The book is filled with fascinating stories, insight, and understanding on how our unconscious minds drive our behavior. I'm diving into it to see how it fits into my supposition that church leaders need to understand the behavior of people as consumers because that's how people "see" the church - as a commodity.

Turns out, the world’s most successful brands, like Nike, Harley-Davidson and Guinness, stimulate the brain's emotional centres in a positive way and in a way that is similar to the stimulation of religion. They provoke a sense of community; they develop and promulgate rituals; they propose a common adversary. Apple succeeds because it poses as an enemy to its rival, Microsoft. His studies show that there’s an intriguing correlation between religion and powerful brands that make emotional bonds with us. fMRI scanning reveals that the same regions are activated in the brains of religious people when exposed to meaningful religious icons as those that light up in the brains of brand fans were exposed to iPods, Harley-Davidsons and Guinness.

What do you think?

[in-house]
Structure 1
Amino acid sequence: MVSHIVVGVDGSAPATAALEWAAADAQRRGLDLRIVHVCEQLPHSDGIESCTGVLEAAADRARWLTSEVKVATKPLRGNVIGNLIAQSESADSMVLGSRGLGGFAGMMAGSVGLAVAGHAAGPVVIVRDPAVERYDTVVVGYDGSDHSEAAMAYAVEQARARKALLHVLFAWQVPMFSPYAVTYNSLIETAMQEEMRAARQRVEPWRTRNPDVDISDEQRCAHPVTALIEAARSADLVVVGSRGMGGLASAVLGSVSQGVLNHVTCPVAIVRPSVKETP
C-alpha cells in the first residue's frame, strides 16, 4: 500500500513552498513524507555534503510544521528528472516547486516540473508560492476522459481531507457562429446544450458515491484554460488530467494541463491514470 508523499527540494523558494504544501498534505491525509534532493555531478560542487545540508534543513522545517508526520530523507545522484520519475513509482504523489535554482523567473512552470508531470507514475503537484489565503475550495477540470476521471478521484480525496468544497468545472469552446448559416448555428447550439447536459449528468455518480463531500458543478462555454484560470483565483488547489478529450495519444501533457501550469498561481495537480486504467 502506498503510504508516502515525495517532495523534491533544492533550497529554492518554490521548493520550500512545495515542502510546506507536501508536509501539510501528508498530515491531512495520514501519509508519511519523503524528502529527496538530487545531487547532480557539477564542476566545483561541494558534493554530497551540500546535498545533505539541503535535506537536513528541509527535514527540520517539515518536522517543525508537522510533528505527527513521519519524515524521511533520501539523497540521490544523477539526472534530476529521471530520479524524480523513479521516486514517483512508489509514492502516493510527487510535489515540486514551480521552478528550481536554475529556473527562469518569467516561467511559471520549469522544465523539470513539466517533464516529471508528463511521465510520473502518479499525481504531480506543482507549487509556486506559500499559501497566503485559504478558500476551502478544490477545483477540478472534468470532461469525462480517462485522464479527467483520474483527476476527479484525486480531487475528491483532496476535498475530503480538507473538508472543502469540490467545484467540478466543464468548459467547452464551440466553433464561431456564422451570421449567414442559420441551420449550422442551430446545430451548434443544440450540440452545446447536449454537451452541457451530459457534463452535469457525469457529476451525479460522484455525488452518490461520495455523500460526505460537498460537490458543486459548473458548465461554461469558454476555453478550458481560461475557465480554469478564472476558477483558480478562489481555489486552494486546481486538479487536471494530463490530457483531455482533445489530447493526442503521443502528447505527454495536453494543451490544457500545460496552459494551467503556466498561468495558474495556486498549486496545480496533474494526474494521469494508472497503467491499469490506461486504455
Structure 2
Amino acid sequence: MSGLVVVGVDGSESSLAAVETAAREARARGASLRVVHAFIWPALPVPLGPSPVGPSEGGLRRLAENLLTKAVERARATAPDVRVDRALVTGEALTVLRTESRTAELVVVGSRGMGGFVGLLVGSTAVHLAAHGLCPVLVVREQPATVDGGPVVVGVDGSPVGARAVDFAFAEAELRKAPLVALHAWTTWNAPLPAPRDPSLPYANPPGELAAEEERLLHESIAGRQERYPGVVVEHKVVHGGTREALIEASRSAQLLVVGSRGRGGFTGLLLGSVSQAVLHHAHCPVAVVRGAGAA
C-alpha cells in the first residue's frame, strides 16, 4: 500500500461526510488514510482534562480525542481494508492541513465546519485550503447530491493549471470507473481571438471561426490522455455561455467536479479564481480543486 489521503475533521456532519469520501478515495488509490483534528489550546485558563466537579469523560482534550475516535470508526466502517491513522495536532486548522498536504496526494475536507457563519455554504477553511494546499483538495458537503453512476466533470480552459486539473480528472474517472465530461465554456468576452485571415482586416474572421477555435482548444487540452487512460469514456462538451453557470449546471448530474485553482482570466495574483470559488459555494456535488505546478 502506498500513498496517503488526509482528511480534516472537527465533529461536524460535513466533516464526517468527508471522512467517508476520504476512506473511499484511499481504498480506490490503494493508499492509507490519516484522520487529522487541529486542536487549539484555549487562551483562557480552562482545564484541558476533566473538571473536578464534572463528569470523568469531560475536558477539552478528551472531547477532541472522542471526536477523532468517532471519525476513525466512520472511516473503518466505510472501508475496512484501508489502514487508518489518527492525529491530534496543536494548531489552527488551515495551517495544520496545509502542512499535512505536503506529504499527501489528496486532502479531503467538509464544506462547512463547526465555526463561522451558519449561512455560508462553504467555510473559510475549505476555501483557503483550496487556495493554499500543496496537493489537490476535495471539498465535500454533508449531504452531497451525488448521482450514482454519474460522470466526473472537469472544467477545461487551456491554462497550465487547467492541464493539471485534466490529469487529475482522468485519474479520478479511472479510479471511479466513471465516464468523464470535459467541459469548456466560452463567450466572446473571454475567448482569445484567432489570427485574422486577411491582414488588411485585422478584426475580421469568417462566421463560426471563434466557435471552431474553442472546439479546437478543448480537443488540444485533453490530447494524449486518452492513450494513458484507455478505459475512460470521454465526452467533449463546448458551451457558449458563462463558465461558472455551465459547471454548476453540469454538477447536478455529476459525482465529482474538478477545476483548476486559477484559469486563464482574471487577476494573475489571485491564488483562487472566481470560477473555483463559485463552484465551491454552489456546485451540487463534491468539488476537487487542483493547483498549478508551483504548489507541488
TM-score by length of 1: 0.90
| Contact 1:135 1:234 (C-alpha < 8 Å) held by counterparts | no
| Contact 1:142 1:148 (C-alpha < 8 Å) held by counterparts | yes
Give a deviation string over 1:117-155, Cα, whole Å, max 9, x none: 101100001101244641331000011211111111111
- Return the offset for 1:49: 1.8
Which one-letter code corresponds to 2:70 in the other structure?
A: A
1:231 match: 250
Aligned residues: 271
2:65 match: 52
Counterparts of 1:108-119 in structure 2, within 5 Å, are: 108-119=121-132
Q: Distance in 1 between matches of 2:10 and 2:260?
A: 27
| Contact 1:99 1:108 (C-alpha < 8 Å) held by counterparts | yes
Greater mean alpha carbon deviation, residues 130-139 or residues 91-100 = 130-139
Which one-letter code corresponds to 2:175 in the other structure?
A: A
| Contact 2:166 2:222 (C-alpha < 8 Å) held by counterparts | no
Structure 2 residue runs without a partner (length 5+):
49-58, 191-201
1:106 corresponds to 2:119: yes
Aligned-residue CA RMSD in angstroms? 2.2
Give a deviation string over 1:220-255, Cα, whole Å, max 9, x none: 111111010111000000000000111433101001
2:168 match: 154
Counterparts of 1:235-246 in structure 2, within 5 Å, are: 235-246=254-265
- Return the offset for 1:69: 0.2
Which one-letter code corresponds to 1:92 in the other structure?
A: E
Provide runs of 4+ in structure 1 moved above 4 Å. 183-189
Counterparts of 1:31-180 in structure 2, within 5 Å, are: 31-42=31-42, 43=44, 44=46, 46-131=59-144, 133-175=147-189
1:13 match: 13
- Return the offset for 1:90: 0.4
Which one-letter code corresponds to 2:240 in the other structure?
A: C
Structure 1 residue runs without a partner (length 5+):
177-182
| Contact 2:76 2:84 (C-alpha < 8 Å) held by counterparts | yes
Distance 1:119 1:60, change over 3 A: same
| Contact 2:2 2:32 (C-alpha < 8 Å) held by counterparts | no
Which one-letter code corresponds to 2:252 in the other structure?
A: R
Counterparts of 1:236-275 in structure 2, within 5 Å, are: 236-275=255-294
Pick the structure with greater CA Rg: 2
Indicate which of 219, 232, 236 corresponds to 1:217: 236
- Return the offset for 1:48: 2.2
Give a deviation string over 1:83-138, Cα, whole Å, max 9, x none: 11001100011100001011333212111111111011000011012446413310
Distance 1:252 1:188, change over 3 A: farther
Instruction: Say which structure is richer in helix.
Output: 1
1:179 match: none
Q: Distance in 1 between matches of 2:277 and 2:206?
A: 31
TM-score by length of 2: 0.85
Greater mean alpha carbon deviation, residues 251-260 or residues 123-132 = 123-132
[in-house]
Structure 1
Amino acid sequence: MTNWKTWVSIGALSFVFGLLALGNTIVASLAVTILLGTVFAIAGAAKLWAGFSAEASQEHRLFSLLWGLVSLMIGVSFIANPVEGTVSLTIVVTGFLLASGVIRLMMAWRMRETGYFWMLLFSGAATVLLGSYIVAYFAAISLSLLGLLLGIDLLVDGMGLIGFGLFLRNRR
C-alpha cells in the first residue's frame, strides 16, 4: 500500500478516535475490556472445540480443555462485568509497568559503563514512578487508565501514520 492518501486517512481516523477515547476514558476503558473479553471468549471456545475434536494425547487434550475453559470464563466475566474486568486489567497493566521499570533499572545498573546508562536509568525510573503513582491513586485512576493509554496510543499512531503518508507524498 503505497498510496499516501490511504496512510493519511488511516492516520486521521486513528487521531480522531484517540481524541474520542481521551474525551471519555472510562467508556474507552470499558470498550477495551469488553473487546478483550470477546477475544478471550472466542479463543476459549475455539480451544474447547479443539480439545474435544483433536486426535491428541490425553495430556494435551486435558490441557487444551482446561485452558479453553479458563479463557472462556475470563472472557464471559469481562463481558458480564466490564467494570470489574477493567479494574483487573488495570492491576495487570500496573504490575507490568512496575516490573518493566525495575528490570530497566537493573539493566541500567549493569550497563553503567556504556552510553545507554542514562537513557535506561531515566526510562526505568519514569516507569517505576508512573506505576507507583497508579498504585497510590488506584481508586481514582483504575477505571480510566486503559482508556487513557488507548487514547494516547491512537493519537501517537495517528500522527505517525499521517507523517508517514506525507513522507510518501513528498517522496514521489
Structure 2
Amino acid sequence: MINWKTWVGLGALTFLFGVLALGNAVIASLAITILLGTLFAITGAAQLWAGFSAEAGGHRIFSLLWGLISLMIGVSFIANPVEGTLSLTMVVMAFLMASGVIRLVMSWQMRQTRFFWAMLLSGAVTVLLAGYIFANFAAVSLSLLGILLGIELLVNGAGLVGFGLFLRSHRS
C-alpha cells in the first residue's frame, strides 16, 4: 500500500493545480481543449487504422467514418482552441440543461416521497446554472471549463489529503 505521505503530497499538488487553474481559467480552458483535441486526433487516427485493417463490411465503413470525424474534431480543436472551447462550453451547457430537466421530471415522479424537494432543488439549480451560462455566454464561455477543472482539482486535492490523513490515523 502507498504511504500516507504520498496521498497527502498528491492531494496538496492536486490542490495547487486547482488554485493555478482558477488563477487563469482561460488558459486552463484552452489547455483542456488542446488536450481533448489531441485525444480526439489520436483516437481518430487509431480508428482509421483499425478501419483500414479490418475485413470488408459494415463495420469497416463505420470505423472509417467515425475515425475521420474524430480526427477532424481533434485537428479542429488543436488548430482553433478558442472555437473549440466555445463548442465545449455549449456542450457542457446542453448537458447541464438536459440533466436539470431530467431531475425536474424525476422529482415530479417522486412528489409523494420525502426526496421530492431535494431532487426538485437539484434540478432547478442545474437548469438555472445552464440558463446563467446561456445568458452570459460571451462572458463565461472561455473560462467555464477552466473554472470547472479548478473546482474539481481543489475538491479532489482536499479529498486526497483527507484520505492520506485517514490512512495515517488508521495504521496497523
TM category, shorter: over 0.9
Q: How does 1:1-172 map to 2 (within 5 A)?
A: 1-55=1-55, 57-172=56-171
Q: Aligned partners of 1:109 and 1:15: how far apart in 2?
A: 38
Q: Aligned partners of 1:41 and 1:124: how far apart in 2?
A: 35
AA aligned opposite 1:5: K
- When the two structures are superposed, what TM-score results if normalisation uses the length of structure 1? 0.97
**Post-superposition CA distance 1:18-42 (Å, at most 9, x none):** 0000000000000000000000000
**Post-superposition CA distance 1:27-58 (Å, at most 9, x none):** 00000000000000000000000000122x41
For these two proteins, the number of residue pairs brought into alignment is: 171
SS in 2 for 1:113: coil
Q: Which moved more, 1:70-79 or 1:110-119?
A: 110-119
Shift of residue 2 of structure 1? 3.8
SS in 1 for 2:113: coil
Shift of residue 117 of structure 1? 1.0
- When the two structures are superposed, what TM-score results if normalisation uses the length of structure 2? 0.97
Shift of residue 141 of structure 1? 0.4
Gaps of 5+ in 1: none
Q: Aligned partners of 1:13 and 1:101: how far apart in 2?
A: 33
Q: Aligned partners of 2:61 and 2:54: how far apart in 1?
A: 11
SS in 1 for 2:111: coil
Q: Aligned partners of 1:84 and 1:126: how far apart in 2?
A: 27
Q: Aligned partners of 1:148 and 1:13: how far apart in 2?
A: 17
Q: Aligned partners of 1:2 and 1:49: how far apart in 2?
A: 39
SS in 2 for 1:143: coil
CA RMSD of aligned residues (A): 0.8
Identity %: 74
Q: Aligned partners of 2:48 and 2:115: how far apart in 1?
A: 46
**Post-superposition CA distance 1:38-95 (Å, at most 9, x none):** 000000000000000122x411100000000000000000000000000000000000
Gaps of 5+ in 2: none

Monday, December 15, 2008

It's Planting Time

Change and innovation are two of my favorite topics to discuss and apply to church settings. Since change is a constant, there is never a shortage of the subject to talk about!

I participated in a Leadership Network webinar last week on 10 Discoveries About Innovation in the Church. They always do a great job, and this was no exception. I'm continuing to unpack the info from that webinar and will probably post about it later this week. It dovetailed with a book I'm reading; here are the main points.

Elaine Dundon, in her book The Seeds of Innovation, sees innovation as a process that can be cultivated. She finds that there are 3 main areas, with three steps in each one.

  • Gathering information
  • Clarifying the real problem
  • Setting innovation goalposts


  • Seeking stimuli
  • Uncovering insight
  • Identifying ideas


  • Developing the innovation road map
  • Gaining commitment
  • Implementing the innovation road map

She also depicts the process of innovation as a continuum, with efficiency innovation on one side, evolutionary innovation in the middle, and revolutionary innovation on the other side.

Church Solutions magazine's December issue featured innovation articles as well. Be sure to take a look online for more interesting information.

What's your take on innovation? What innovative seeds are you planting now, and what kind of harvest do you expect in the future from your efforts?

Friday, December 12, 2008

Positive Thinking